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Lead Ammunition Restrictions in Effect in California

However, given the drastic change, AB 711’s provisions will be phased in over time, up until July 1, 2019 when it will be fully enforced. The first phase that has been in effect since July 1, requires all California hunters to use certified “non-lead ammunition” when taking: (1) Nelson bighorn sheep anywhere within the state; and (2) all wildlife within a Wildlife Area or an Ecological Reserve.

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Important information regarding road closures in southeastern Arizona

(1) Closure of Long Hollow Road access point in GMU 32 -- Klondyke area

Due to a change in private land ownership in the area, there is no longer public access to State Trust lands or Forest Service lands through the Long Hollow Road access point (near Klondyke) in Game Management Unit 32.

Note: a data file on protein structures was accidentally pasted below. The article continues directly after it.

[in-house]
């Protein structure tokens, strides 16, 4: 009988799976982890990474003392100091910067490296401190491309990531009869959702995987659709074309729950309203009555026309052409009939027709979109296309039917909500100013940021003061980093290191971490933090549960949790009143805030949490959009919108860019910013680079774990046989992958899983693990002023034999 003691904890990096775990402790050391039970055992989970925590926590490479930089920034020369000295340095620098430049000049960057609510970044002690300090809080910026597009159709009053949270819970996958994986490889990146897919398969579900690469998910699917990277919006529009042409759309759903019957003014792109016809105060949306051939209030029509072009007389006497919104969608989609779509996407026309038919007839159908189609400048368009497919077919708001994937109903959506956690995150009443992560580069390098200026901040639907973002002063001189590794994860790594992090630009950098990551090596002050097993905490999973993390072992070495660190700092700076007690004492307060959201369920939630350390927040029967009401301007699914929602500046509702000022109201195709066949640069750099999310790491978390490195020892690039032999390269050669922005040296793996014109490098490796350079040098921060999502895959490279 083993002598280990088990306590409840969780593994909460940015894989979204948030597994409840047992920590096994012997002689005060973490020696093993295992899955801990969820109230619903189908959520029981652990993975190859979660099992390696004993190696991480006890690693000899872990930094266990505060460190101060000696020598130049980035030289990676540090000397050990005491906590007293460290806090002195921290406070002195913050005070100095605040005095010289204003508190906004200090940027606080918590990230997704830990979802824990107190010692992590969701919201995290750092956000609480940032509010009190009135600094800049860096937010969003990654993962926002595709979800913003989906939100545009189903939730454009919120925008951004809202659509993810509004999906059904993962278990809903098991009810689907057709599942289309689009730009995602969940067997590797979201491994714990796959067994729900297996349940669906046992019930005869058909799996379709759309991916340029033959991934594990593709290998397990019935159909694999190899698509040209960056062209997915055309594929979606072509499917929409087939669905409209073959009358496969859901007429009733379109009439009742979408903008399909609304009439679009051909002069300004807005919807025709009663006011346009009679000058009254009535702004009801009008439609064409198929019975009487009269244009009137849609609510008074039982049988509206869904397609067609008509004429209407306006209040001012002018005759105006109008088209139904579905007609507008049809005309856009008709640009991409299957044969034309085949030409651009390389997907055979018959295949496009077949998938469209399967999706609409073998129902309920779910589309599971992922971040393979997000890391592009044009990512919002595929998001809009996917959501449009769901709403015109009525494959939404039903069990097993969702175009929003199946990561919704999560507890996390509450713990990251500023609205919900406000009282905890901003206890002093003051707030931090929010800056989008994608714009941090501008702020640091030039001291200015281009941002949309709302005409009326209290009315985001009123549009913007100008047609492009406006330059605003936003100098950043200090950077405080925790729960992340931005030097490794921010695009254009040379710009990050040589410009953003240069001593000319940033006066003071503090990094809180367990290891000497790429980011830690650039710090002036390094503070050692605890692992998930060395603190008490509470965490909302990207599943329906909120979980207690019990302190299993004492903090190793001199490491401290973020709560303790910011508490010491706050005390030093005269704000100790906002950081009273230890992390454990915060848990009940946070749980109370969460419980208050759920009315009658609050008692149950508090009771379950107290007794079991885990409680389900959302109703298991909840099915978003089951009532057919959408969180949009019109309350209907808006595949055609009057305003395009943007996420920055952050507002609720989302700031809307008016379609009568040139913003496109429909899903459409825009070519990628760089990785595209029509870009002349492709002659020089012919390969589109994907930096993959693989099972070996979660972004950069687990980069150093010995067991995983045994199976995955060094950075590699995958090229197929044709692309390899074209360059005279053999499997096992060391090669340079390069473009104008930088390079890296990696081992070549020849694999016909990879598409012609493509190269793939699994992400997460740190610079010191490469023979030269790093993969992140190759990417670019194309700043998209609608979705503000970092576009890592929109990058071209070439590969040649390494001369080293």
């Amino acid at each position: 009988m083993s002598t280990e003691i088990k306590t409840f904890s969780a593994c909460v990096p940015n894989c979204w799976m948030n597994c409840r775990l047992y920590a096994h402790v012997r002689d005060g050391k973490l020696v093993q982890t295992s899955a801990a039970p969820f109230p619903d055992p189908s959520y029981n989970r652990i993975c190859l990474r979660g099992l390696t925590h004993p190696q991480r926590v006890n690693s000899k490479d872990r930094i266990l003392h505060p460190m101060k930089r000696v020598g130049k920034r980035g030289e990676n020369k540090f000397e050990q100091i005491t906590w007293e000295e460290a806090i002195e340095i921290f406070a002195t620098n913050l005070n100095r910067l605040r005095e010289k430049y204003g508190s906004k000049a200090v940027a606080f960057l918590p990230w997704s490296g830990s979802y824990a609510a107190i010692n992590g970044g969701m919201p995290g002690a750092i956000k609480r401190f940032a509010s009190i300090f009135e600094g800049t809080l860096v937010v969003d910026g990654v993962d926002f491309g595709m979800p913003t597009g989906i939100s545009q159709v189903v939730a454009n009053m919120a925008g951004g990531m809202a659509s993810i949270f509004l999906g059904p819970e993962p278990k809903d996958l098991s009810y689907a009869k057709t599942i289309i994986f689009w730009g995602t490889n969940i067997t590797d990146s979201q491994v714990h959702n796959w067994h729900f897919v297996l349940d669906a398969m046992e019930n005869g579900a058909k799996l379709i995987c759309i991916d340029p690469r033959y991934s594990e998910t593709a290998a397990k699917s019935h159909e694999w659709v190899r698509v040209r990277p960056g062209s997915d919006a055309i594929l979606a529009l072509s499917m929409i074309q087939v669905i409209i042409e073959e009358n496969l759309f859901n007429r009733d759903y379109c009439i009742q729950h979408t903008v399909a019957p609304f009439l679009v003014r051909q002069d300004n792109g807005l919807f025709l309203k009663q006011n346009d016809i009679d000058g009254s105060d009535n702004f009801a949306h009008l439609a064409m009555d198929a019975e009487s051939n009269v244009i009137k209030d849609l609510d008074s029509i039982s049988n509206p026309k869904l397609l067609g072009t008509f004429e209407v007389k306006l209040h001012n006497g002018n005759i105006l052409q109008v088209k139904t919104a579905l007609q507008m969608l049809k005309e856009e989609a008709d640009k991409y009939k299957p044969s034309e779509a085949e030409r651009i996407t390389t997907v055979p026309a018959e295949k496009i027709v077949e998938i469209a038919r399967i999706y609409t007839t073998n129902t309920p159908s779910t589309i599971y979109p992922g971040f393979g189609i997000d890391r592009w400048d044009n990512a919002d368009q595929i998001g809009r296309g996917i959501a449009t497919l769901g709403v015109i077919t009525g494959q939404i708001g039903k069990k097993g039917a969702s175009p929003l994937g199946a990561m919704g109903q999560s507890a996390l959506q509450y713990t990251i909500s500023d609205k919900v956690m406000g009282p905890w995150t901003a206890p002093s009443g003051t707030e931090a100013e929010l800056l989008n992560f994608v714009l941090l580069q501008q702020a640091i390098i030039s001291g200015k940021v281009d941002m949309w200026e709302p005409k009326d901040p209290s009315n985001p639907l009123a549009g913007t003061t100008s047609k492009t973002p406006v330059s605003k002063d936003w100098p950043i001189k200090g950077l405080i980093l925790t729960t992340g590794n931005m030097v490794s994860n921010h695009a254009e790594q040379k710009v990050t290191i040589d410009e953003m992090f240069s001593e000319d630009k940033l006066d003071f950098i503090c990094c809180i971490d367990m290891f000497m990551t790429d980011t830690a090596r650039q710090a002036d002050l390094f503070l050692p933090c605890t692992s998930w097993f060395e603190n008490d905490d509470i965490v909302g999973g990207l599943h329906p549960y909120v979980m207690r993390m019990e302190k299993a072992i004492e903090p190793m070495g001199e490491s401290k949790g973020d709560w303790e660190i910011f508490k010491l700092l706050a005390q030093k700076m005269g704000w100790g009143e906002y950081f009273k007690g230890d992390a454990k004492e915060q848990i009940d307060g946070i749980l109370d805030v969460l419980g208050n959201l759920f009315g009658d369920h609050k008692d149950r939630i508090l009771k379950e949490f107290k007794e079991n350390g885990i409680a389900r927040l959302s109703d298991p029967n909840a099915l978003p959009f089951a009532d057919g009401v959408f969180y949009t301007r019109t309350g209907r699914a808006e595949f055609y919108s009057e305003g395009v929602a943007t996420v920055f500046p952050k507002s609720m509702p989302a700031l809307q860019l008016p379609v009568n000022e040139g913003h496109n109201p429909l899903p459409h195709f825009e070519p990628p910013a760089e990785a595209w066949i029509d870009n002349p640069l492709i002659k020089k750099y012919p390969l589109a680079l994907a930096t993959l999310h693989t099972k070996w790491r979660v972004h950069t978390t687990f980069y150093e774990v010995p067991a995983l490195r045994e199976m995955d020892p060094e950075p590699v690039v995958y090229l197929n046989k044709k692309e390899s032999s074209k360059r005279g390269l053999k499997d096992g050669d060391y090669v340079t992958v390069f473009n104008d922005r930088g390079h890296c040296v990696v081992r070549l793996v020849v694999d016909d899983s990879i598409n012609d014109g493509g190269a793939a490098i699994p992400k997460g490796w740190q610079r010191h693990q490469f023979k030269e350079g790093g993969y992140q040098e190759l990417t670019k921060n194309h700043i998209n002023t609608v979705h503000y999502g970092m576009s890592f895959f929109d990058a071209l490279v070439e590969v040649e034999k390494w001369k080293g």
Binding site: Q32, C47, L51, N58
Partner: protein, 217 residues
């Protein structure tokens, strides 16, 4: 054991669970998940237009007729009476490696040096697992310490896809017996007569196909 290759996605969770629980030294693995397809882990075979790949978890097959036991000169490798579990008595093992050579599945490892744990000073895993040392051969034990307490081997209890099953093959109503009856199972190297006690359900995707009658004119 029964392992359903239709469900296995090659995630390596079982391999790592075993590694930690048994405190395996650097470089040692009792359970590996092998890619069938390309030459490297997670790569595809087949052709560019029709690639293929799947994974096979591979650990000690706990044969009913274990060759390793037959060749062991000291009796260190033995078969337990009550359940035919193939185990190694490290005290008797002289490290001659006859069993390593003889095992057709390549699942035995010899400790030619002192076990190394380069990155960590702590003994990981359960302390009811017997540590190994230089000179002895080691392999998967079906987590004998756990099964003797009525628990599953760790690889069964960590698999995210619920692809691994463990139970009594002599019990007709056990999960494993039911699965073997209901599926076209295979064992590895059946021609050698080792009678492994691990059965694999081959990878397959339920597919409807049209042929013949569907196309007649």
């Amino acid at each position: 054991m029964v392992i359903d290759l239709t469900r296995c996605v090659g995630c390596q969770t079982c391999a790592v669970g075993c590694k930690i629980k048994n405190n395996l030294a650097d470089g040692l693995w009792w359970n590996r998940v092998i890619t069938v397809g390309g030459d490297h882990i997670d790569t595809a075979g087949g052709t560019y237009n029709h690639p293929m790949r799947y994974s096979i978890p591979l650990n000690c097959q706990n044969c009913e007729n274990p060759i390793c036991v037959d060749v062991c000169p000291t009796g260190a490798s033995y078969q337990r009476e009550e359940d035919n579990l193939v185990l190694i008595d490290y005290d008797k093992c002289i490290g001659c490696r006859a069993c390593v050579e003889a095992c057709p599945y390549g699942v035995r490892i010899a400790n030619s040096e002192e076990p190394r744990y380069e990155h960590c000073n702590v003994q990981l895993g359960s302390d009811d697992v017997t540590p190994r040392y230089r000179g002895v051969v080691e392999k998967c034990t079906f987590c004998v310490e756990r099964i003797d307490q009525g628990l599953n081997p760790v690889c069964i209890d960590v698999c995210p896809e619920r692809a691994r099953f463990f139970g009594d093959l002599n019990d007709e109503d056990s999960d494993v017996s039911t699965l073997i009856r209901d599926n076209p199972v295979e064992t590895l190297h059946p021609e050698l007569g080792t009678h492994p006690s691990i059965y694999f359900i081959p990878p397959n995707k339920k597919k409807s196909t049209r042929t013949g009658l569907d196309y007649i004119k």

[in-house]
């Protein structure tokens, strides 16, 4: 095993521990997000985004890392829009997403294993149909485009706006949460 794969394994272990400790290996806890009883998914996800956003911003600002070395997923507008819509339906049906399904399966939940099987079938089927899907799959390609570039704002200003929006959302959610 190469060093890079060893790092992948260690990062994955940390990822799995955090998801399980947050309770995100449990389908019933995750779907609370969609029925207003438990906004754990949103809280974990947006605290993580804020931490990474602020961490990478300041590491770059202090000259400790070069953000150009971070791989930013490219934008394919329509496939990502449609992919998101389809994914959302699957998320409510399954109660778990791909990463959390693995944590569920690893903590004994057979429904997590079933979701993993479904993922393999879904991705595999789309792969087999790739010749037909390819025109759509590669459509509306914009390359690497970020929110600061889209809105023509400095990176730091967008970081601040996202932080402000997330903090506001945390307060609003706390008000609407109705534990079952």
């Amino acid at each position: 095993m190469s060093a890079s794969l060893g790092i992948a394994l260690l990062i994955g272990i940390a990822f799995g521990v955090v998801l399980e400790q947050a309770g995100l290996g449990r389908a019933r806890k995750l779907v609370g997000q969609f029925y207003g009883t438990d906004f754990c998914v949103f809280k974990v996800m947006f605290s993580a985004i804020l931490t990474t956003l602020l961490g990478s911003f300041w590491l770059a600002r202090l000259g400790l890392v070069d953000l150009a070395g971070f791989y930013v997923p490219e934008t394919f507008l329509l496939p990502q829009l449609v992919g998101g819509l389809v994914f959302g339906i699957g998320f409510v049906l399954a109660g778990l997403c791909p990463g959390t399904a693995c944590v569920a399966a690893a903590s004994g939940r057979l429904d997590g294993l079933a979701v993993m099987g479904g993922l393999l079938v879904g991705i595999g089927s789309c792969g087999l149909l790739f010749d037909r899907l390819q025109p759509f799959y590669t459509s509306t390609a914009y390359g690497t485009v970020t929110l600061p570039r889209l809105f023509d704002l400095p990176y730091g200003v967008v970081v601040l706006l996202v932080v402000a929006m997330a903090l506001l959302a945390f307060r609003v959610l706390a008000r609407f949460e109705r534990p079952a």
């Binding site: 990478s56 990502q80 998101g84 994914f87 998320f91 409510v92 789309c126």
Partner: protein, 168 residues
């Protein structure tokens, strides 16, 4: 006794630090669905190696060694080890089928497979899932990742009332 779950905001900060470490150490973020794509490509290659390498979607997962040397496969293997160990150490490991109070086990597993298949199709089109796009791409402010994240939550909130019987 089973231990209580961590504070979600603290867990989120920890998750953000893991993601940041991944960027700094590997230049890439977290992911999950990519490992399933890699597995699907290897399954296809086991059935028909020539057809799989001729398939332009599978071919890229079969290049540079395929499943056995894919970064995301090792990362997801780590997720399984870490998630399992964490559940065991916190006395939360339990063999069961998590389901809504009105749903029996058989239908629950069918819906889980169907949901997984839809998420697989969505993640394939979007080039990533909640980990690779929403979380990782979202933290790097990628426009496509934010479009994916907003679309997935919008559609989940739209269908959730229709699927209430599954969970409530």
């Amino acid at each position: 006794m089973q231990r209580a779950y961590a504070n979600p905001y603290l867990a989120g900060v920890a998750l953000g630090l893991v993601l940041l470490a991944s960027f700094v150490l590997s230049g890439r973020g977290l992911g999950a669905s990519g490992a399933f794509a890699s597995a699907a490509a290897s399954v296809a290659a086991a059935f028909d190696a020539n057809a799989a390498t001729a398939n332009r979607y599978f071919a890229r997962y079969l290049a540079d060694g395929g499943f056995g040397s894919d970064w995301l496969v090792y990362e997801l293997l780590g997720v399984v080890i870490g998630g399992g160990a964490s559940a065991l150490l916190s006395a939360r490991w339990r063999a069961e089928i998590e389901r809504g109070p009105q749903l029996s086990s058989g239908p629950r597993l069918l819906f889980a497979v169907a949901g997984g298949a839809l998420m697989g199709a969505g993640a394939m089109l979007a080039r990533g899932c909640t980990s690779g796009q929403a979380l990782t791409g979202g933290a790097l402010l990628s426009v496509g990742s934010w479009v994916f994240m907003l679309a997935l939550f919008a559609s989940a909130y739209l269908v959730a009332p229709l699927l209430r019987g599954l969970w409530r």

(2) Temporary road and recreation site closures in Chiricahua Mountains (GMU 29) due to storm damage

Due to damage from recent storms, the Coronado National Forest has temporarily closed some roads and recreation sites for public safety reasons in the Chiricahua Mountains in Game Management Unit 29. Below is a news release that was issued on Sept. 26 by the Coronado National Forest:

TUCSON, AZ (September 26, 2014) -- Some roads and recreation sites located on the Douglas Ranger District of the Coronado National Forest are being temporarily closed due to damage related to recent storms in the area. The affected areas lie within the Chiricahua mountain range.

The following recreation sites are temporarily closed to human entry:

Idlewilde Campground
Stewart Campground
Sunny Flat Campground
John Hands Day Use Area
Herb Martyr Day Use Area